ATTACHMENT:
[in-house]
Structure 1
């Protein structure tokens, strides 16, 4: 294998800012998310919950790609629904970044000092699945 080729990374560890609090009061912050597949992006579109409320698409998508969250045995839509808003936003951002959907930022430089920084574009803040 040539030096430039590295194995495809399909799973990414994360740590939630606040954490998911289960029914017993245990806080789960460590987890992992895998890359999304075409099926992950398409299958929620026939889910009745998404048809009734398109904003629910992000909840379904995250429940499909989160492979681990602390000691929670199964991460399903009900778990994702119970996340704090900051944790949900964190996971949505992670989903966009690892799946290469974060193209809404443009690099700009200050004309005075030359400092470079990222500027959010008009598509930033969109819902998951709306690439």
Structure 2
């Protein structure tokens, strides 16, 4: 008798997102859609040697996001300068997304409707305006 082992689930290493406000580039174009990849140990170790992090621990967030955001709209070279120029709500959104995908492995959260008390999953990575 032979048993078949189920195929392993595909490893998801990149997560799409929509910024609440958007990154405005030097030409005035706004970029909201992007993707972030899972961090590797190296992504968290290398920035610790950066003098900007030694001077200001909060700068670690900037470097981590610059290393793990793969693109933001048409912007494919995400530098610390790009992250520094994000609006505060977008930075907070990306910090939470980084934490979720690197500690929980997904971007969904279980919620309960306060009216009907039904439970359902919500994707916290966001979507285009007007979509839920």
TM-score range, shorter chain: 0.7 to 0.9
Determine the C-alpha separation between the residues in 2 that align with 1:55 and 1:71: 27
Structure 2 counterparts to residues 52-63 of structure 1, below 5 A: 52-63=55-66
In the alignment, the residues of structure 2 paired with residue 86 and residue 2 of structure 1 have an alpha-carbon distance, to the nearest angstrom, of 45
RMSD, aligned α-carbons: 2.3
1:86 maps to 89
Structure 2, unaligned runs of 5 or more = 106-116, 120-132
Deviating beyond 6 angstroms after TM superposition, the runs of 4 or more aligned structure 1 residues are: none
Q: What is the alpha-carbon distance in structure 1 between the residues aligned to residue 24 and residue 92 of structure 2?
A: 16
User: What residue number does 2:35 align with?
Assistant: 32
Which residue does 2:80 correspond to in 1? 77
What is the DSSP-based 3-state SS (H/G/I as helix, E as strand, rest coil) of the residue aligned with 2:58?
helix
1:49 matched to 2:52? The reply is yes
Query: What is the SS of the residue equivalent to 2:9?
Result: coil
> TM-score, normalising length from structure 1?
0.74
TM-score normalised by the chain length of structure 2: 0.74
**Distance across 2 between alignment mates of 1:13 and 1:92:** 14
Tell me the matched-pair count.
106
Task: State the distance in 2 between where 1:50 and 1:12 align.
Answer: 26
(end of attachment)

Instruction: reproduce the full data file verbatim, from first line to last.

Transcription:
[in-house]
Structure 1
């Protein structure tokens, strides 16, 4: 294998800012998310919950790609629904970044000092699945 080729990374560890609090009061912050597949992006579109409320698409998508969250045995839509808003936003951002959907930022430089920084574009803040 040539030096430039590295194995495809399909799973990414994360740590939630606040954490998911289960029914017993245990806080789960460590987890992992895998890359999304075409099926992950398409299958929620026939889910009745998404048809009734398109904003629910992000909840379904995250429940499909989160492979681990602390000691929670199964991460399903009900778990994702119970996340704090900051944790949900964190996971949505992670989903966009690892799946290469974060193209809404443009690099700009200050004309005075030359400092470079990222500027959010008009598509930033969109819902998951709306690439």
Structure 2
């Protein structure tokens, strides 16, 4: 008798997102859609040697996001300068997304409707305006 082992689930290493406000580039174009990849140990170790992090621990967030955001709209070279120029709500959104995908492995959260008390999953990575 032979048993078949189920195929392993595909490893998801990149997560799409929509910024609440958007990154405005030097030409005035706004970029909201992007993707972030899972961090590797190296992504968290290398920035610790950066003098900007030694001077200001909060700068670690900037470097981590610059290393793990793969693109933001048409912007494919995400530098610390790009992250520094994000609006505060977008930075907070990306910090939470980084934490979720690197500690929980997904971007969904279980919620309960306060009216009907039904439970359902919500994707916290966001979507285009007007979509839920």
TM-score range, shorter chain: 0.7 to 0.9
Determine the C-alpha separation between the residues in 2 that align with 1:55 and 1:71: 27
Structure 2 counterparts to residues 52-63 of structure 1, below 5 A: 52-63=55-66
In the alignment, the residues of structure 2 paired with residue 86 and residue 2 of structure 1 have an alpha-carbon distance, to the nearest angstrom, of 45
RMSD, aligned α-carbons: 2.3
1:86 maps to 89
Structure 2, unaligned runs of 5 or more = 106-116, 120-132
Deviating beyond 6 angstroms after TM superposition, the runs of 4 or more aligned structure 1 residues are: none
Q: What is the alpha-carbon distance in structure 1 between the residues aligned to residue 24 and residue 92 of structure 2?
A: 16
User: What residue number does 2:35 align with?
Assistant: 32
Which residue does 2:80 correspond to in 1? 77
What is the DSSP-based 3-state SS (H/G/I as helix, E as strand, rest coil) of the residue aligned with 2:58?
helix
1:49 matched to 2:52? The reply is yes
Query: What is the SS of the residue equivalent to 2:9?
Result: coil
> TM-score, normalising length from structure 1?
0.74
TM-score normalised by the chain length of structure 2: 0.74
**Distance across 2 between alignment mates of 1:13 and 1:92:** 14
Tell me the matched-pair count.
106
Task: State the distance in 2 between where 1:50 and 1:12 align.
Answer: 26